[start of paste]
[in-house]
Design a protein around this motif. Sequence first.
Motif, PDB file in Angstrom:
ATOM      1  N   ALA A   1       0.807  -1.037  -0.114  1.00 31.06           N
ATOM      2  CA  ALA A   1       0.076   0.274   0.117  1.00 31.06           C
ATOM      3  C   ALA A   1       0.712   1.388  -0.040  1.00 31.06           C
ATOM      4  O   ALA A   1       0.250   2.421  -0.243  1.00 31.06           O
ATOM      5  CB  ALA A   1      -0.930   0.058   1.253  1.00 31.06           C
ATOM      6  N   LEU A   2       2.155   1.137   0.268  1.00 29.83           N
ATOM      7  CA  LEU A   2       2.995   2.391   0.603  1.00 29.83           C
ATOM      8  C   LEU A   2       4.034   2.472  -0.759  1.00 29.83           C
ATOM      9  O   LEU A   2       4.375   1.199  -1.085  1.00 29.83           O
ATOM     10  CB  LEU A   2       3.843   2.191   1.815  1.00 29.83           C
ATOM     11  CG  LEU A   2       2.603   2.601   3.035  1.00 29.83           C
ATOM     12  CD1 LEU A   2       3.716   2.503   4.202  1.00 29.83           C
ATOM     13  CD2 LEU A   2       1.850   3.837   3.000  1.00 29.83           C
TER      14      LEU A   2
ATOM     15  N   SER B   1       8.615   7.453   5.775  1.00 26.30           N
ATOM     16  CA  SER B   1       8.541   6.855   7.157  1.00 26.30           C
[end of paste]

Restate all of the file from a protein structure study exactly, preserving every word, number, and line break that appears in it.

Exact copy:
[in-house]
Design a protein around this motif. Sequence first.
Motif, PDB file in Angstrom:
ATOM      1  N   ALA A   1       0.807  -1.037  -0.114  1.00 31.06           N
ATOM      2  CA  ALA A   1       0.076   0.274   0.117  1.00 31.06           C
ATOM      3  C   ALA A   1       0.712   1.388  -0.040  1.00 31.06           C
ATOM      4  O   ALA A   1       0.250   2.421  -0.243  1.00 31.06           O
ATOM      5  CB  ALA A   1      -0.930   0.058   1.253  1.00 31.06           C
ATOM      6  N   LEU A   2       2.155   1.137   0.268  1.00 29.83           N
ATOM      7  CA  LEU A   2       2.995   2.391   0.603  1.00 29.83           C
ATOM      8  C   LEU A   2       4.034   2.472  -0.759  1.00 29.83           C
ATOM      9  O   LEU A   2       4.375   1.199  -1.085  1.00 29.83           O
ATOM     10  CB  LEU A   2       3.843   2.191   1.815  1.00 29.83           C
ATOM     11  CG  LEU A   2       2.603   2.601   3.035  1.00 29.83           C
ATOM     12  CD1 LEU A   2       3.716   2.503   4.202  1.00 29.83           C
ATOM     13  CD2 LEU A   2       1.850   3.837   3.000  1.00 29.83           C
TER      14      LEU A   2
ATOM     15  N   SER B   1       8.615   7.453   5.775  1.00 26.30           N
ATOM     16  CA  SER B   1       8.541   6.855   7.157  1.00 26.30           C